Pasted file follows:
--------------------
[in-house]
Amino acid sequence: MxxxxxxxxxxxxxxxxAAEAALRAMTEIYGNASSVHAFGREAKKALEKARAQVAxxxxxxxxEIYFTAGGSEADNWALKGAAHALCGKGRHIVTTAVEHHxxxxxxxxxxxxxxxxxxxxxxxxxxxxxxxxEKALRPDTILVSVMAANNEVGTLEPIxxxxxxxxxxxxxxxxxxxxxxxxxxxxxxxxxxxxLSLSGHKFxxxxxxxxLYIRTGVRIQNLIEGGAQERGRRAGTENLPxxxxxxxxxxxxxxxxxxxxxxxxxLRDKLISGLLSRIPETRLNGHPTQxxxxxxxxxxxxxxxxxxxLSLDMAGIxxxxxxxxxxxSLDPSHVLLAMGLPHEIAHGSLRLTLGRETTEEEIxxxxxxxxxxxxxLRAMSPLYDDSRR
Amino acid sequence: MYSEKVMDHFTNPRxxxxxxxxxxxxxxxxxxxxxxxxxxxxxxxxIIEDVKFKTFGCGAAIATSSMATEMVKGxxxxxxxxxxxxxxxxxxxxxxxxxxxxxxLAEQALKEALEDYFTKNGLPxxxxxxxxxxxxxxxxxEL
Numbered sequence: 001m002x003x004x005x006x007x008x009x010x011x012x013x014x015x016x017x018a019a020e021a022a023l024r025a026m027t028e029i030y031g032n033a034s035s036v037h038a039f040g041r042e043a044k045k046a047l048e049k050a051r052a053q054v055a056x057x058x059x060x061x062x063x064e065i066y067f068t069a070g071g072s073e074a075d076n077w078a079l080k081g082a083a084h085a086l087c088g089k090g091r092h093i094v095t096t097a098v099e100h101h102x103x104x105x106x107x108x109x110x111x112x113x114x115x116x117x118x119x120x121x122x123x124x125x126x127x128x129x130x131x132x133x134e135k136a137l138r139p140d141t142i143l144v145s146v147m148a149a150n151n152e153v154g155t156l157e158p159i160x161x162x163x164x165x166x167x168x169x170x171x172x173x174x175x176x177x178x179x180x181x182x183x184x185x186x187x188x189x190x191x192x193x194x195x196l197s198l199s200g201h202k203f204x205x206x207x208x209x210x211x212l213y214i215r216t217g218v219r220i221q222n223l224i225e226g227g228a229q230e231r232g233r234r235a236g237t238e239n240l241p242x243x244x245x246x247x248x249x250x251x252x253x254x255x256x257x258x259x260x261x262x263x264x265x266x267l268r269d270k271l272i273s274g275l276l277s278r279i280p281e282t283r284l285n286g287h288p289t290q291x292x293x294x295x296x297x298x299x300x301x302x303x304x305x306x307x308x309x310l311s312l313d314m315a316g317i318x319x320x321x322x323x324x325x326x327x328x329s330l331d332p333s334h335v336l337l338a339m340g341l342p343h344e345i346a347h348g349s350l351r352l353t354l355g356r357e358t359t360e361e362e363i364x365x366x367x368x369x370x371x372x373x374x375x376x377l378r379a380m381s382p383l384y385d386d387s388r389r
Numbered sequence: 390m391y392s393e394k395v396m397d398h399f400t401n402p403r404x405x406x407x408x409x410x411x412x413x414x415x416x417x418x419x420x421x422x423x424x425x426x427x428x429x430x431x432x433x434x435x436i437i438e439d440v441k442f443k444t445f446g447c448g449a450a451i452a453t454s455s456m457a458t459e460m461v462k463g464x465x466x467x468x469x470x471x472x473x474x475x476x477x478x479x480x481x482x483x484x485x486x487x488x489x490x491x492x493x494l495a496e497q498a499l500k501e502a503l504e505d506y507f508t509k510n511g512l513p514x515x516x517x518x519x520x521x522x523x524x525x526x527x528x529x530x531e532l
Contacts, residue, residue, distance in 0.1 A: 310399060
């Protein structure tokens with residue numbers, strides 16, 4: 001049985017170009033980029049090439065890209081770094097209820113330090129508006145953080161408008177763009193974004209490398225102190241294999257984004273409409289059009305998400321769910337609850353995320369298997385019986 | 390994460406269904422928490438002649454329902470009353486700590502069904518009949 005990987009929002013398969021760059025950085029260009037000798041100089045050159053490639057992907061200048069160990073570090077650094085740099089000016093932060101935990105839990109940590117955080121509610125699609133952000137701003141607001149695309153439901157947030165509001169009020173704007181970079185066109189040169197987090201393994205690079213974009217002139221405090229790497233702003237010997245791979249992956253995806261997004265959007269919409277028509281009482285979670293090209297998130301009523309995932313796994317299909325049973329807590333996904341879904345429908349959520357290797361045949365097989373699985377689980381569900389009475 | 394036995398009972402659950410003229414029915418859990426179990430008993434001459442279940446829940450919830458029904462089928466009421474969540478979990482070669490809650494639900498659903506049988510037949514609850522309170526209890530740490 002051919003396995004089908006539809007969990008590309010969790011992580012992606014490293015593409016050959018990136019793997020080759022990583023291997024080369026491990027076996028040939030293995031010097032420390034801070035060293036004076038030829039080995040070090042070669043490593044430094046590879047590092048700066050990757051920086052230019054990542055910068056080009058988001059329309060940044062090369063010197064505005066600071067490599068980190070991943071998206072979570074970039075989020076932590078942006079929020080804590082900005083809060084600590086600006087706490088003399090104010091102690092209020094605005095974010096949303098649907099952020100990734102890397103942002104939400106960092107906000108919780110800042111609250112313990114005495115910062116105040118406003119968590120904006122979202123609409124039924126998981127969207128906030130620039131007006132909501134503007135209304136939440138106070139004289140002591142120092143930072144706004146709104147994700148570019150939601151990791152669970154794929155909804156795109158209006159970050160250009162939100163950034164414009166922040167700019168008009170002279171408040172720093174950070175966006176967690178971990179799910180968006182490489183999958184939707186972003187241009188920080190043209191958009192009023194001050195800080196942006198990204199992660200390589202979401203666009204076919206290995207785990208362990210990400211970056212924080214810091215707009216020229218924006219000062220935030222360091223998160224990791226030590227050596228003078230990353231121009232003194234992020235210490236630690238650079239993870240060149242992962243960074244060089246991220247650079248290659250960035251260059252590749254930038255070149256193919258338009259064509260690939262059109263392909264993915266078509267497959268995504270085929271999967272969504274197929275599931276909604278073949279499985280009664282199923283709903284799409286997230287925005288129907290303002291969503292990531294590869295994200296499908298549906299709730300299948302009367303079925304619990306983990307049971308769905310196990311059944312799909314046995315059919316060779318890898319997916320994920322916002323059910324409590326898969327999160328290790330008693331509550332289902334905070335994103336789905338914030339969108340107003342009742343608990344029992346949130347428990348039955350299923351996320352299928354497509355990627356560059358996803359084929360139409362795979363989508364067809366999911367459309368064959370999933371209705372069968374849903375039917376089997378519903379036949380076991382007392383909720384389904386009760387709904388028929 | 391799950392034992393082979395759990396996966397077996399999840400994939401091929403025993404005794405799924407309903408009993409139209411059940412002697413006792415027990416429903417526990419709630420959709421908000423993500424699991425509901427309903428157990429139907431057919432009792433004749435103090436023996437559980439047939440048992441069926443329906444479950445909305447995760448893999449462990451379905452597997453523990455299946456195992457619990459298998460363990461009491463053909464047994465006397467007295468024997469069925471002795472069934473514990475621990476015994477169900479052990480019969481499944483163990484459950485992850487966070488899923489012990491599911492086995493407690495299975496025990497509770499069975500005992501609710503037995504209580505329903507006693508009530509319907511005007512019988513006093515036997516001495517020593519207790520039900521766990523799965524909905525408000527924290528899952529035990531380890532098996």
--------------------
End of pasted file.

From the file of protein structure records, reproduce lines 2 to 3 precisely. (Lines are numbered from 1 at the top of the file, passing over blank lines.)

Amino acid sequence: MxxxxxxxxxxxxxxxxAAEAALRAMTEIYGNASSVHAFGREAKKALEKARAQVAxxxxxxxxEIYFTAGGSEADNWALKGAAHALCGKGRHIVTTAVEHHxxxxxxxxxxxxxxxxxxxxxxxxxxxxxxxxEKALRPDTILVSVMAANNEVGTLEPIxxxxxxxxxxxxxxxxxxxxxxxxxxxxxxxxxxxxLSLSGHKFxxxxxxxxLYIRTGVRIQNLIEGGAQERGRRAGTENLPxxxxxxxxxxxxxxxxxxxxxxxxxLRDKLISGLLSRIPETRLNGHPTQxxxxxxxxxxxxxxxxxxxLSLDMAGIxxxxxxxxxxxSLDPSHVLLAMGLPHEIAHGSLRLTLGRETTEEEIxxxxxxxxxxxxxLRAMSPLYDDSRR
Amino acid sequence: MYSEKVMDHFTNPRxxxxxxxxxxxxxxxxxxxxxxxxxxxxxxxxIIEDVKFKTFGCGAAIATSSMATEMVKGxxxxxxxxxxxxxxxxxxxxxxxxxxxxxxLAEQALKEALEDYFTKNGLPxxxxxxxxxxxxxxxxxEL